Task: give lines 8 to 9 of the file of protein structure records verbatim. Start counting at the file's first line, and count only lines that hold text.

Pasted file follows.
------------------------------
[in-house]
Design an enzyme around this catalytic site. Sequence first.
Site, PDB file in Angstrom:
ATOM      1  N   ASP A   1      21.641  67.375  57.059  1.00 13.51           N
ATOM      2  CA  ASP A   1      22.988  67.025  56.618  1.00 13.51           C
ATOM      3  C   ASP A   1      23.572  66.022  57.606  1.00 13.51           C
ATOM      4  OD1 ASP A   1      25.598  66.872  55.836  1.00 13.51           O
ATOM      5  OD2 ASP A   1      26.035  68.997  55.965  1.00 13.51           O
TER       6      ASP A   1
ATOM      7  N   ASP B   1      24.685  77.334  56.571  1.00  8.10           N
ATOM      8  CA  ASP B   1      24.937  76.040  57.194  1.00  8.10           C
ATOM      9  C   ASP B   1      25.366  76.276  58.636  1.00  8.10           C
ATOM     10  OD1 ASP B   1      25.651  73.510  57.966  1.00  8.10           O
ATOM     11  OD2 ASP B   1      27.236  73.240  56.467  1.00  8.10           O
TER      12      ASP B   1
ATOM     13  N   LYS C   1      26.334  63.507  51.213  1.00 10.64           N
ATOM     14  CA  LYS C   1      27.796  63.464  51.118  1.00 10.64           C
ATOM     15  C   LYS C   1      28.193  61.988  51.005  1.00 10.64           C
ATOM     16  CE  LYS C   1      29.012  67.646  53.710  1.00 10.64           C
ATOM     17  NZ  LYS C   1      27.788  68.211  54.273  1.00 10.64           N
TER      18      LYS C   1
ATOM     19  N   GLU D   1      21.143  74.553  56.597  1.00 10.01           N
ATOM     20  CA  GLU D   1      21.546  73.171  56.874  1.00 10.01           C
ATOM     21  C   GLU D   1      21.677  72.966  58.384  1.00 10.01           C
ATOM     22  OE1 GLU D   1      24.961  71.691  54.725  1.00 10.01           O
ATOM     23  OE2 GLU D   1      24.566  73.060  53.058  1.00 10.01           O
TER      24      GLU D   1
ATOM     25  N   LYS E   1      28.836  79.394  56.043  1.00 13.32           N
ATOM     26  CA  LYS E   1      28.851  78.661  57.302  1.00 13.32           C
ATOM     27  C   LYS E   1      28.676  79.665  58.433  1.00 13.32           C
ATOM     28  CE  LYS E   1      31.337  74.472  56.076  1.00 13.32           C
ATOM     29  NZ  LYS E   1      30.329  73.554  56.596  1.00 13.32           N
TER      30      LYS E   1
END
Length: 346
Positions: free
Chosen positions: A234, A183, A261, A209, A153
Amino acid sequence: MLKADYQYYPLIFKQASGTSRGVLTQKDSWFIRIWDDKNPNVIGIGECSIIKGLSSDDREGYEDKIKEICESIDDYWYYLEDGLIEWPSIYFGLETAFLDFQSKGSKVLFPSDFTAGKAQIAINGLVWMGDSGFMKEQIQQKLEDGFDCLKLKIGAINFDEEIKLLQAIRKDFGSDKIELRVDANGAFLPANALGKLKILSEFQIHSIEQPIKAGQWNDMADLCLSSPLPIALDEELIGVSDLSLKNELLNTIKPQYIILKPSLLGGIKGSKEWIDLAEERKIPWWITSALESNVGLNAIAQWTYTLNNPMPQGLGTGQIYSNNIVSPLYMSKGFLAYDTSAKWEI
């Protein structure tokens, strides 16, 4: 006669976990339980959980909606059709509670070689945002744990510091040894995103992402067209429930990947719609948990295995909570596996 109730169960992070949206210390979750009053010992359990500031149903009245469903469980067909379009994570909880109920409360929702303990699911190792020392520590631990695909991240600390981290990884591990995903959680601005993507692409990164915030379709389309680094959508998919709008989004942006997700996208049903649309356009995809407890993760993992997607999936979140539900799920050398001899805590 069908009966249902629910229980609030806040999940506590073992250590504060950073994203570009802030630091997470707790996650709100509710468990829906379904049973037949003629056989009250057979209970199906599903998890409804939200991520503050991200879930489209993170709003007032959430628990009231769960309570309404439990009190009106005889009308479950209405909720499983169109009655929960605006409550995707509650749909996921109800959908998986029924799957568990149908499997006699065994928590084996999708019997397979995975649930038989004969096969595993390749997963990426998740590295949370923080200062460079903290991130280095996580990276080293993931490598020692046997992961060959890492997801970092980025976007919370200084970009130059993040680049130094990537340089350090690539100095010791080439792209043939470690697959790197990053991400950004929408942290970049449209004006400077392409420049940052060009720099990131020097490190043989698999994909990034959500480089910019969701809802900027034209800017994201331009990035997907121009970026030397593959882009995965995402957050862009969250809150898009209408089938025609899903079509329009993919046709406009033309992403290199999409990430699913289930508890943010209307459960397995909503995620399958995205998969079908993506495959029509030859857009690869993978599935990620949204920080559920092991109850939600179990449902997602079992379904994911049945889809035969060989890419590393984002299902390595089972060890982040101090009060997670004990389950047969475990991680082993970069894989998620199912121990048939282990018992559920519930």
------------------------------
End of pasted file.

ATOM      5  OD2 ASP A   1      26.035  68.997  55.965  1.00 13.51           O
TER       6      ASP A   1